# Sieving for Primes

A common task in number theory problems is to find all the primes up to a number $n$. Project Euler is a great resource for problems like this. A simple method of finding primes, the Sieve of Eratosthenes, was known in Ancient Greece. You start with 2 and discard as non-prime all multiples of 2 up to $n$. You then move onto the next number you haven’t discarded, 3, and mark as non-prime all multiples of 3 up to $n$. We’ve discarded 4, so we move on to 5 and continue. We can stop when we get to $\sqrt n$ as we’ll have discarded all the multiples by then.

Here’s what the algorithm looks like for $n = 400$.

When should we use the Sieve? In this notebook I’ll compare it to a naive iterative search by writing example algorithms in Python.

## Solution A: Iterative Search

Our first approach is to iteratively build a list of primes up to a limit $n$.

When checking a number $i$ for primality, we only need to check prime factors, so we can check the list as we’re building it. Also, in checking if a number $i$ is prime, we only need to check for factors up to $\sqrt{i}$.

We’ll write a method that appends the next prime to an existing list of primes.

So for example, if we have the list `[2, 3, 5]`

we expect to return ```
[2, 3, 5,
7]
```

.

Now we repeat this until we get to $n$.

We’ll compare the methods later by counting the number of primes up to $n$ each returns.

## Solution B: Sieve of Eratosthenes

For the Sieve of Eratosthenes algorithm, we’ll use some helper functions. First we want a method to sieve out the multiples of a factor $f$.

Note that we only need to sieve for factors greater than $f^2$, as the smaller multiples will already have been discarded.

Next a couple of simple helper methods. One to get us the next `True`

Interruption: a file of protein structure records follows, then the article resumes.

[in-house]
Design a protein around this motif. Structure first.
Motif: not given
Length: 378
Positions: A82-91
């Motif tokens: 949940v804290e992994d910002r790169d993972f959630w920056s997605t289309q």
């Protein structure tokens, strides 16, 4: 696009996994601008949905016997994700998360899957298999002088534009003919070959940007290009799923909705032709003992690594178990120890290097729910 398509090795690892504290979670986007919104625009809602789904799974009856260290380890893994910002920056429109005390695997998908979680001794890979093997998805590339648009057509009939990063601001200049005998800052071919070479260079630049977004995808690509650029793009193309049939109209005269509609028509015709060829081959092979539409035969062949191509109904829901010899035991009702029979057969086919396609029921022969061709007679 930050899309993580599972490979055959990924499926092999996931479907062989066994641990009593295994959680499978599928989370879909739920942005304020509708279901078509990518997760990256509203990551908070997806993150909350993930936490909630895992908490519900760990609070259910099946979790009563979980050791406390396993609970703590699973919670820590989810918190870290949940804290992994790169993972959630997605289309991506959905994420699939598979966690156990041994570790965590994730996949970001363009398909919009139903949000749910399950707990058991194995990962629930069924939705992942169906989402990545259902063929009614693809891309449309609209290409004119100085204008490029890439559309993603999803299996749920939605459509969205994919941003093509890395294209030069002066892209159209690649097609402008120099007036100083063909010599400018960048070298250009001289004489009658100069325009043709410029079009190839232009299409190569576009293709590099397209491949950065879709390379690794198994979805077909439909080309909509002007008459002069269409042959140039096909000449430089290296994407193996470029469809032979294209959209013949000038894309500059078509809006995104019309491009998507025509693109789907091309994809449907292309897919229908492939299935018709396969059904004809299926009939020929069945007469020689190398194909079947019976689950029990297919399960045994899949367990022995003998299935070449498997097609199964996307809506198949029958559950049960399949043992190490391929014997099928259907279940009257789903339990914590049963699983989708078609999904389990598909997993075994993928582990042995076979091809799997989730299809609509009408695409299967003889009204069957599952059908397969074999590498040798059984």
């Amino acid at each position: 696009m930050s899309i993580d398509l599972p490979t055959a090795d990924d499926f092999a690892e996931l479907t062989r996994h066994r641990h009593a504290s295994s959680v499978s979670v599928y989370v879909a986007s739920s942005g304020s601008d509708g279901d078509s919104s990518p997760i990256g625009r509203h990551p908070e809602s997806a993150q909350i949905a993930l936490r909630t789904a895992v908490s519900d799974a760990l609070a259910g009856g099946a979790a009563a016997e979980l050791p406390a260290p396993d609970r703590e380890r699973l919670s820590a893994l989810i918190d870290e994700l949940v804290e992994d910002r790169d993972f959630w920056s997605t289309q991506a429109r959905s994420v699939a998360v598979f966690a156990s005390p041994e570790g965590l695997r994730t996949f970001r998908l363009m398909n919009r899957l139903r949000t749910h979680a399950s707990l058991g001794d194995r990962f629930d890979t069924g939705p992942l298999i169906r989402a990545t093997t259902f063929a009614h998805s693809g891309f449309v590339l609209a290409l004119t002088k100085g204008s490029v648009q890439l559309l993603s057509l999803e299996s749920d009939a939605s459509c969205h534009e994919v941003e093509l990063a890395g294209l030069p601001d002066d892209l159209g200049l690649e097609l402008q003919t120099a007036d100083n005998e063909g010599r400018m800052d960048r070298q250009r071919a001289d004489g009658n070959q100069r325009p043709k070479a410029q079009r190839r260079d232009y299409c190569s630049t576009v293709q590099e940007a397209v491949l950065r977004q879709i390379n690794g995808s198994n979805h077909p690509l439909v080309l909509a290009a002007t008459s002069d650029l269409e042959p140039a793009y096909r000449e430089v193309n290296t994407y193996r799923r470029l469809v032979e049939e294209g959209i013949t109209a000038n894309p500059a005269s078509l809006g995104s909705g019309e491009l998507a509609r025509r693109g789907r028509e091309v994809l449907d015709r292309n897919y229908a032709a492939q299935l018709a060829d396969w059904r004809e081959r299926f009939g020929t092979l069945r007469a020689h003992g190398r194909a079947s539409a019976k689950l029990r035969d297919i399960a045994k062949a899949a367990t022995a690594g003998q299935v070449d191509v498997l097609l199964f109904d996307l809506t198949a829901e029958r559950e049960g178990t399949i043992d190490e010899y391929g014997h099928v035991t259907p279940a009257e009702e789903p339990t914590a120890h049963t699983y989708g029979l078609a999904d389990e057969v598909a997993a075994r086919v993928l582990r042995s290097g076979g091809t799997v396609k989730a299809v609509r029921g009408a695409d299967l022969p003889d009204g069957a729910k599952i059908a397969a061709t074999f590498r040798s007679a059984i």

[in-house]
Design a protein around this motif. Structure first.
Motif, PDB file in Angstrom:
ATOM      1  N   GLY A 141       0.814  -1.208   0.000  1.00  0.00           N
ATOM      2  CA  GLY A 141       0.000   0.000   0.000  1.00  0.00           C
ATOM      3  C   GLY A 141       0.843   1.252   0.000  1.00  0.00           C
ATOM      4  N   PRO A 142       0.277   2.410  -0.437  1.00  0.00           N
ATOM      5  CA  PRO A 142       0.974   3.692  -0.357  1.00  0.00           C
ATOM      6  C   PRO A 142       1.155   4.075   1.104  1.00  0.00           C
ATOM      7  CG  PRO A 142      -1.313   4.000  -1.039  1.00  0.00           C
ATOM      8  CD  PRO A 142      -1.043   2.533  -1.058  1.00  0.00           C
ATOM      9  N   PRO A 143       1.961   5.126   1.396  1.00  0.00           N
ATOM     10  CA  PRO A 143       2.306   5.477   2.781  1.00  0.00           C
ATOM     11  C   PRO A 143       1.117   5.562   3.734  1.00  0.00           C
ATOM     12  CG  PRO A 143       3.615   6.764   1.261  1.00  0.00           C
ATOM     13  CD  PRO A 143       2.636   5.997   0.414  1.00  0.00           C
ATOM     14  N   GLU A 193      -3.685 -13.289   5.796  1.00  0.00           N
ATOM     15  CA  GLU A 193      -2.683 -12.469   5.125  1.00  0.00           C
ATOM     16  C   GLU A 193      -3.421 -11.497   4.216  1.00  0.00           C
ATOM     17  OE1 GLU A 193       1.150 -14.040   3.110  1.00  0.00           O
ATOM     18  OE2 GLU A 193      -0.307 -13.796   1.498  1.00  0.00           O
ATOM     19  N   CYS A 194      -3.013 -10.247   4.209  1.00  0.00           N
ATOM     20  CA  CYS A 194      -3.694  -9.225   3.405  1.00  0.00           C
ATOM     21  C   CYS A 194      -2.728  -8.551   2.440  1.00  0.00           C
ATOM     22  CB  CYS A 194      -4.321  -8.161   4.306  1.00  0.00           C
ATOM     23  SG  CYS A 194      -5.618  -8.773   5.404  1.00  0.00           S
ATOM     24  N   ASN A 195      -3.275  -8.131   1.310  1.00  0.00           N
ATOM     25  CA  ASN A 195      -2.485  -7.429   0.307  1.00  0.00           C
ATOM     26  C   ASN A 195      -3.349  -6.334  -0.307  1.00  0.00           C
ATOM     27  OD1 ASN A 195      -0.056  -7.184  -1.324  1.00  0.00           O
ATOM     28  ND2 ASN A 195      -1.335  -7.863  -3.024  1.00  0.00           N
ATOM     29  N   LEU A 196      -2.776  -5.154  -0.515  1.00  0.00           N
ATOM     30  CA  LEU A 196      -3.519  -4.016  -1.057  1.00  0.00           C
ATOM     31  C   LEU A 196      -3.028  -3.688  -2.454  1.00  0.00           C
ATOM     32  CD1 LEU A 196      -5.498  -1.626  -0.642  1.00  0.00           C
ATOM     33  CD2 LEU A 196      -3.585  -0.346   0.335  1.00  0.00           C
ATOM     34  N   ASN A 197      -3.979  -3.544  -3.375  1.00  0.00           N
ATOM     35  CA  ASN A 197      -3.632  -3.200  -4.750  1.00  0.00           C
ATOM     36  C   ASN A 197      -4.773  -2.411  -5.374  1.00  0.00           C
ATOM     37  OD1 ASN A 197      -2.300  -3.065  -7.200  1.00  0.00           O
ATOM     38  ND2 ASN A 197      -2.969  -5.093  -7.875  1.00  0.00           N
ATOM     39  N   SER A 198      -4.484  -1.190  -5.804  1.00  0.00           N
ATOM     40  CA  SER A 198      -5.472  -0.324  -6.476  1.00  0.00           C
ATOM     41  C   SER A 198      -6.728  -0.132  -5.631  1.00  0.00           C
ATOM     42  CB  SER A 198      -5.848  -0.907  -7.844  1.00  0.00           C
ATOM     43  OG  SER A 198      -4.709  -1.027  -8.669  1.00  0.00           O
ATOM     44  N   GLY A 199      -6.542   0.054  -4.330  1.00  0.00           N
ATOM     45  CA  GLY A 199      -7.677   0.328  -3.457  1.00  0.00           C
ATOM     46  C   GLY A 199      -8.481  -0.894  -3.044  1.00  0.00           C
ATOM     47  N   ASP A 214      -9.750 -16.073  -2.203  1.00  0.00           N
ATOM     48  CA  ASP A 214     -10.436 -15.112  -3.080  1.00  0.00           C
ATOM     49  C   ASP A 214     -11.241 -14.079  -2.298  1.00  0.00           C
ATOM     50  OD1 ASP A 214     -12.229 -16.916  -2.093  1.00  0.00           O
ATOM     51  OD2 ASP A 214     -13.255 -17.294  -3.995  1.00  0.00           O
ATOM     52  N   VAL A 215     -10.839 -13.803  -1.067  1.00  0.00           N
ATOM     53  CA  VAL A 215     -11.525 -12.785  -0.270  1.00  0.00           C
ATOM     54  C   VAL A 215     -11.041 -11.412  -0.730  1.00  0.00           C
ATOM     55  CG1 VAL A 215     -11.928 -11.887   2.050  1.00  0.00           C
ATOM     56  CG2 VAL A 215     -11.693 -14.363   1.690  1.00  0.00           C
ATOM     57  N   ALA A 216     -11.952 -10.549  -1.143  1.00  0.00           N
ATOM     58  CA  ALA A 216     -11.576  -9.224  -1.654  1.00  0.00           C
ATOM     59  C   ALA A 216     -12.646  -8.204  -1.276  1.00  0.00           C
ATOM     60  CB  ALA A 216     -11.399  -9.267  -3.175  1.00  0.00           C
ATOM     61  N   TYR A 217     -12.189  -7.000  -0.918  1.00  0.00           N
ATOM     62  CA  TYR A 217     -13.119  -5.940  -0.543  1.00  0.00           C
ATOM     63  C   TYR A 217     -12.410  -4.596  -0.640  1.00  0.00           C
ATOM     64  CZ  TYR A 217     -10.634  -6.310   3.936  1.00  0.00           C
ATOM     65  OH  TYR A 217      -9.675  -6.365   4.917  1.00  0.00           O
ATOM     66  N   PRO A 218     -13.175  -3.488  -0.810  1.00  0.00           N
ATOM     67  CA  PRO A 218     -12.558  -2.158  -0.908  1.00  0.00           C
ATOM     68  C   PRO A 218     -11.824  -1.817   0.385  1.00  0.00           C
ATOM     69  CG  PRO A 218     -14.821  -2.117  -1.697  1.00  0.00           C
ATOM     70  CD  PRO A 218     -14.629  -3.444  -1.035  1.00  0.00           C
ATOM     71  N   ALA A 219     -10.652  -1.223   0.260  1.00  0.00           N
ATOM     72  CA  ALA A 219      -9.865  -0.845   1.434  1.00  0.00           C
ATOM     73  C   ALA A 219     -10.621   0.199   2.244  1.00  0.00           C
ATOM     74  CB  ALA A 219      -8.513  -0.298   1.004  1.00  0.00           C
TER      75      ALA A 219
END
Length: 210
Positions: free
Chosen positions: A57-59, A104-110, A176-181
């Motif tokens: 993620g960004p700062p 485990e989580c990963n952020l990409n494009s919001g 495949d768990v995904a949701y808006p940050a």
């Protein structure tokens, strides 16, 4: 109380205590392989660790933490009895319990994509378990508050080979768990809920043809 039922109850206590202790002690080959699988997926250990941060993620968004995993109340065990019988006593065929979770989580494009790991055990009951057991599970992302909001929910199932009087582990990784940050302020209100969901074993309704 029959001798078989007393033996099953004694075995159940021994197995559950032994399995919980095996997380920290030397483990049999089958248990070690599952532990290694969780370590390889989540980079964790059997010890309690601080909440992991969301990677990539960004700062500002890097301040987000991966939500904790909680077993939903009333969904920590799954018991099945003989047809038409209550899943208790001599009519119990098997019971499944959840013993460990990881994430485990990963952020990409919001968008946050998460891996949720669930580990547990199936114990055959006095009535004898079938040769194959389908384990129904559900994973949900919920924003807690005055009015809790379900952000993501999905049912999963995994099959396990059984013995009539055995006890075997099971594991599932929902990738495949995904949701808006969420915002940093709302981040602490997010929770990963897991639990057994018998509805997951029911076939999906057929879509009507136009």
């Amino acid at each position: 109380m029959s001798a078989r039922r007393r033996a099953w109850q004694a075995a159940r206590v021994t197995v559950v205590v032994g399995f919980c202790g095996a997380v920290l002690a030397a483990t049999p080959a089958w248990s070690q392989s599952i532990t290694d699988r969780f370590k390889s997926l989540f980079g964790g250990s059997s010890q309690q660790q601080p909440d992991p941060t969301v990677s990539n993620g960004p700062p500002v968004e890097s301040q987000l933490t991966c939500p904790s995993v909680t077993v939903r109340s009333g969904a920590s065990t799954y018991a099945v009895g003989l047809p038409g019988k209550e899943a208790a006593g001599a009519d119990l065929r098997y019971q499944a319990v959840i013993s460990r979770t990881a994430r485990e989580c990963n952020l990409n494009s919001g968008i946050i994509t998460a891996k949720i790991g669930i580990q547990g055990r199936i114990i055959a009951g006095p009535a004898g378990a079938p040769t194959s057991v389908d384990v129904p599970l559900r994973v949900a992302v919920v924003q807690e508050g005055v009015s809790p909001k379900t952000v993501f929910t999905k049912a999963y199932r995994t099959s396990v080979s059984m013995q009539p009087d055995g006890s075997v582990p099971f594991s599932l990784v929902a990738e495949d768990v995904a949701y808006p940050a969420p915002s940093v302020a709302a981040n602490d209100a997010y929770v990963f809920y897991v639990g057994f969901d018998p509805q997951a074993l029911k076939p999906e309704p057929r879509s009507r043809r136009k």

value in a
boolean list.

Another to return all the indexes of all remaining `True`

values, shifted by 1.
Once we’ve performed the sieve, this will represent the reminaing primes.

Now we’re ready to perform the sieve.

Again we’ll write a count method to compare.

## Compare Counts

To check the result of the methods against each other, we’ll try a few values of $n$. The methods could both be wrong of course.

## Complexity Analysis

Finally, we’ll compare timings by solving the problem over a range of $n$ values.

In figure 1 we compare the best-of-three timings on my laptop of the two methods over a range of $n$ values. We see that the iterative search is quicker for $n = 10$, but for $n = 20$ and beyond, the Eratosthenes method is quicker. Over this range, both are polynomial below quadratic.

In figure 2 we show the speedup of the Eratosthenes method over the iterative search. The speedup peaks at about 7$\times$ faster at $n = 10^4$. Beyond this Eratosthenes method is still significantly faster, but the speedup is coming down. This is likely due to the fact that the Sieve of Eratosthenes for high $n$ becomes memory intensive, as we need to store all of the numbers up to $n$, whereas with the more computationally intensive iterative search, we only need to store the primes we’ve already calculated.

The runtimes at $n = 10^7$ are in the order of minutes and already long enough that we’d want to look at further tuning of the algorithm beyond this.